At about 1:39:20 point in the conversation, Harris raises the question of the Fermi Paradox with Deutsch. (Note that Deutsch corrects him to say it’s the Fermi Problem, but my review of the two terms indicates that Harris was correct, and that the Fermi Problem is actually a different concept; the Fermi Paradox could be argued to be a type of Fermi Problem, focused specifically on the existence of extra-terrestrial life. So, with the awareness that I'm correcting a world renowned physicist, I’ve reflected that in the opening words of Deutsch’s reply.)
SH: I wanted to get your opinion on the Fermi Paradox. And, describe what the paradox is for those who don't know it, but then, tell me why our not seeing the galaxy teeming with more advanced civilizations than our own isn't a sign that there's something about gathering more knowledge that might in fact be fatal to those who gather it.
DD: The Fermi [Paradox] is: where are they? Where are the extra-terrestrials?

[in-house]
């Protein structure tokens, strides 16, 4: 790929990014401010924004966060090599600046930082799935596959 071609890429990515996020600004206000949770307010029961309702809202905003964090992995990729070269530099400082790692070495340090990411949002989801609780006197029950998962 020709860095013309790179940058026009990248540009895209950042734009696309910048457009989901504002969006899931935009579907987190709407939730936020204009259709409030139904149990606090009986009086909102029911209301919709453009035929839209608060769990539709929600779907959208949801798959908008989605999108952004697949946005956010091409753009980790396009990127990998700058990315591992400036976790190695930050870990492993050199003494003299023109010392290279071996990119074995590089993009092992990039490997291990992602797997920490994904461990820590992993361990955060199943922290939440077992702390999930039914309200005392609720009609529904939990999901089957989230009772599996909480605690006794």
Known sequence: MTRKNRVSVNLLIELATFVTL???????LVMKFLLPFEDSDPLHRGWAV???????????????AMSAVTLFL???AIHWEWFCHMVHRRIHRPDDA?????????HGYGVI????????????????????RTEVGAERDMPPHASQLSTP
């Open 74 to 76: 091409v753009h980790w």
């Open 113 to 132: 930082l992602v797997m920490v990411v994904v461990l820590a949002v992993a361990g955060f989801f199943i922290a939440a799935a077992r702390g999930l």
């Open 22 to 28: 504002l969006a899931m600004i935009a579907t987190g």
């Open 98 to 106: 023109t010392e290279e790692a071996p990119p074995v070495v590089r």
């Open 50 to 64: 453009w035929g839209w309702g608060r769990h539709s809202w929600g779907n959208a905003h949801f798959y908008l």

The idea is that the galaxy is very large, but how big it is, is trumped by how old it is. So that, if there were two civilizations anywhere in the galaxy, the chances that they had arisen less than, say, ten million years apart, are infinitesimal. So therefore, if there is another one out there, it’s overwhelmingly likely to be at least ten million years older than us, and therefore to have had ten million years more time to develop, and also in that time there’s plenty of time for them to get here, if not be space travel, then by sheer mixing of the stars in the galaxy. They only need to colonize a few nearby stars to them, so that after say a hundred million years, or a billion years, those stars will be far apart, and spread about the galaxy. So, we would be seeing evidence of them, and since we don’t see evidence of them, they’re not out there.